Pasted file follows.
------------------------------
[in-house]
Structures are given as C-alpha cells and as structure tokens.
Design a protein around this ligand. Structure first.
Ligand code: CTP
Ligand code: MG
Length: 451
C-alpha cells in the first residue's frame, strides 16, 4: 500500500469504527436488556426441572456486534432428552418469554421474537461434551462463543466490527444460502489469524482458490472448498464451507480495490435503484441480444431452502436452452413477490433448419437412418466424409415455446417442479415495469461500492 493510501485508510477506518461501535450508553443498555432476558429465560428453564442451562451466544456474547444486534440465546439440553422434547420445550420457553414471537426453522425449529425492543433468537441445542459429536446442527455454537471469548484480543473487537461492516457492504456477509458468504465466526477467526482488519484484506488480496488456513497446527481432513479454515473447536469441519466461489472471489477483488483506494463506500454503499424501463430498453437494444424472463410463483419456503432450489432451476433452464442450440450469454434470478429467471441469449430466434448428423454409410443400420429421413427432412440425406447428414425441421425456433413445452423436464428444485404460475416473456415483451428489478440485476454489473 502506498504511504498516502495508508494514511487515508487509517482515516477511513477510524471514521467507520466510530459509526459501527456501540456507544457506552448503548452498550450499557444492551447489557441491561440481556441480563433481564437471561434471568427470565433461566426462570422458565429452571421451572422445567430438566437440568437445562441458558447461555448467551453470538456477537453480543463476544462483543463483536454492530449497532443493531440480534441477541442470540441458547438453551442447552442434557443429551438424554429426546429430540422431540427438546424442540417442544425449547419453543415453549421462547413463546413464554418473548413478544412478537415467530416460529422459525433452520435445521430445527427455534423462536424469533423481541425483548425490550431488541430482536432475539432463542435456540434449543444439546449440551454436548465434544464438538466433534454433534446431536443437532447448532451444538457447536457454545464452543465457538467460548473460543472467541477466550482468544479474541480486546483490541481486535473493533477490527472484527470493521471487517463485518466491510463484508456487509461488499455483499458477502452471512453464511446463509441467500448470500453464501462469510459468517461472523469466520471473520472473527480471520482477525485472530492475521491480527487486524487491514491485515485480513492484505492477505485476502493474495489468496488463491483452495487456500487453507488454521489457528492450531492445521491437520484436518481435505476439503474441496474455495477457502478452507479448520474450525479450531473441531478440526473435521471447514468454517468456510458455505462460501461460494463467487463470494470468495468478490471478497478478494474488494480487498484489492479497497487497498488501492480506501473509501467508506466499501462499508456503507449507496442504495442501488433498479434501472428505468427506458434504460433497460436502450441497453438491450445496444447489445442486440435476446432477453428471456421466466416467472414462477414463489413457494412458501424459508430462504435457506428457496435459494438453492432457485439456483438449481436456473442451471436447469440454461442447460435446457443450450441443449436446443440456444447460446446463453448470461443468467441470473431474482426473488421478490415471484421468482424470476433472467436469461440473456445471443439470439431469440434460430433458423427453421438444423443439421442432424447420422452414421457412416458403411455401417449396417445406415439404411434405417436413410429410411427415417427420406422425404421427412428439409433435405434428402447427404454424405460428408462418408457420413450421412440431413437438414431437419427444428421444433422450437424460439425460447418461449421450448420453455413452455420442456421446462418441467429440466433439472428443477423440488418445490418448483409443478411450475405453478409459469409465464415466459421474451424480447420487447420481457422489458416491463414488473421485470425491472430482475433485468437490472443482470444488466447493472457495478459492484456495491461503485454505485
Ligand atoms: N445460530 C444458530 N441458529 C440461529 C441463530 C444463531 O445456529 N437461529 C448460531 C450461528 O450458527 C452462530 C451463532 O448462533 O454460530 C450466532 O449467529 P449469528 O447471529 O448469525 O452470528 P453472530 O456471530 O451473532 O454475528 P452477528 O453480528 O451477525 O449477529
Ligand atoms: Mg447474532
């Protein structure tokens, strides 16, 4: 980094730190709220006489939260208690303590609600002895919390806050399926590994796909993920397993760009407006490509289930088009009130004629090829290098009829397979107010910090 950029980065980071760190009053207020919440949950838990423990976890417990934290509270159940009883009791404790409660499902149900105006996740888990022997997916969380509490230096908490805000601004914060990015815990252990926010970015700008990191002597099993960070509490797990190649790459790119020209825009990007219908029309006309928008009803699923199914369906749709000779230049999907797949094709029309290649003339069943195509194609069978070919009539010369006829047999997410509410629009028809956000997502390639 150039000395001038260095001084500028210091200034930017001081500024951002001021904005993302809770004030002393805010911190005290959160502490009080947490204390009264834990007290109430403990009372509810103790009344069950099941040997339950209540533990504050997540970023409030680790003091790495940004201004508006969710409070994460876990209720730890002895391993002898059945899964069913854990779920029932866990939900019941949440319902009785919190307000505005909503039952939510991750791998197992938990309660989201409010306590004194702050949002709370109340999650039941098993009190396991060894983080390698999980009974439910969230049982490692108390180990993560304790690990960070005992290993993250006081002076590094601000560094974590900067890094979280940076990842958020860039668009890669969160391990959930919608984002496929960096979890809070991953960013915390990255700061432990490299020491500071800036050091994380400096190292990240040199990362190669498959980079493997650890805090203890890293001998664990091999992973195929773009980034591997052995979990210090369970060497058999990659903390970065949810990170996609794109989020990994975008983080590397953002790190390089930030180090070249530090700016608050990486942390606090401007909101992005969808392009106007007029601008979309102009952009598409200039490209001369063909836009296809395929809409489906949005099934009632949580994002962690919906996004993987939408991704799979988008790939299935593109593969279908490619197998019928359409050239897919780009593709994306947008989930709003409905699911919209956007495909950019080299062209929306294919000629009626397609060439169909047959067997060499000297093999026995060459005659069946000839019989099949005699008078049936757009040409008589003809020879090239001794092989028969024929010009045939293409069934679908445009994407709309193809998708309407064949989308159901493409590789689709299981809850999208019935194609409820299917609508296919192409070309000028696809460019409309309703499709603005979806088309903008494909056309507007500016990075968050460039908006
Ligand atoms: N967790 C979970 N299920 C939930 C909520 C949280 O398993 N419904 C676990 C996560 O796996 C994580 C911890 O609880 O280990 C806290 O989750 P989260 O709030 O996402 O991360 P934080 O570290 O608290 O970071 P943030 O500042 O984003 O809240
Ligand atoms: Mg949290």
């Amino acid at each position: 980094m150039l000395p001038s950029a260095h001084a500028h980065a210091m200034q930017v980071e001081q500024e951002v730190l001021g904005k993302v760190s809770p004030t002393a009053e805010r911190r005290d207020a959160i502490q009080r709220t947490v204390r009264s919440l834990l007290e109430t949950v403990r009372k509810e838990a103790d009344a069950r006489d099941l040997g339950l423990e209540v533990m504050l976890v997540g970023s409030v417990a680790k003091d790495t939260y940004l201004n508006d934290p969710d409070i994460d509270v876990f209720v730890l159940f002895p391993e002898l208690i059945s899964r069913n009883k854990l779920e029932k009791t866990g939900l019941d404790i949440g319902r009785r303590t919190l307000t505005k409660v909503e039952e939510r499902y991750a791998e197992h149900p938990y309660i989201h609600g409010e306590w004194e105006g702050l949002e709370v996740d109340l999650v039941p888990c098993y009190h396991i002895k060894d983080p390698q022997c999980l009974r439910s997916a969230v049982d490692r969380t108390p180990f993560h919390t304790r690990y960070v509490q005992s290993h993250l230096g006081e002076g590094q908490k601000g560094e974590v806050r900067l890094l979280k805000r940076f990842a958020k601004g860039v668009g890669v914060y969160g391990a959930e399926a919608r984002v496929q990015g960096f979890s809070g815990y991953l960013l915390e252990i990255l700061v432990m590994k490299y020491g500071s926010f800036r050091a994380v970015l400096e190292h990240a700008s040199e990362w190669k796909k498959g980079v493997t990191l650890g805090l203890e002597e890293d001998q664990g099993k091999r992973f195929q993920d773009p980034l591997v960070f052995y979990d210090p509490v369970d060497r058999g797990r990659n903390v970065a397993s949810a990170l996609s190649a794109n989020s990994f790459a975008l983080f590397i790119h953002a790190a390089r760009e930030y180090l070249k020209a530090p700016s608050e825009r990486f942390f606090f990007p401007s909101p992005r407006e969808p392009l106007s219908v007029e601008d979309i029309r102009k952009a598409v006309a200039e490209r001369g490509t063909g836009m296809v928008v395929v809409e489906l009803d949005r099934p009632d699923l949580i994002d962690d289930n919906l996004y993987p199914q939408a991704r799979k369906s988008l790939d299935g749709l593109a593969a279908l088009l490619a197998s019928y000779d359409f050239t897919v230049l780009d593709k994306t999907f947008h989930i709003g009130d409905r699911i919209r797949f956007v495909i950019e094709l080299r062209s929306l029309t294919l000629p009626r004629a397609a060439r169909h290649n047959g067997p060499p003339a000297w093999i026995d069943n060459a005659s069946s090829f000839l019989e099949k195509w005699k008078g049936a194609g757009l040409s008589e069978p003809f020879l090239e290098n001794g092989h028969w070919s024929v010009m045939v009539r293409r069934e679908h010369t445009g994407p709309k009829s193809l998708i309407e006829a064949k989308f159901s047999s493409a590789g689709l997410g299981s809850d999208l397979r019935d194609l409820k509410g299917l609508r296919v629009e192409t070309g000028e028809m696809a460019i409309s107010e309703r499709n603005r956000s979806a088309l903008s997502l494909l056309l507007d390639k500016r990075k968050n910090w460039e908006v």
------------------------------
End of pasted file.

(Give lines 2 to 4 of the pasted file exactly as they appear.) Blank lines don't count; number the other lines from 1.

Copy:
Structures are given as C-alpha cells and as structure tokens.
Design a protein around this ligand. Structure first.
Ligand code: CTP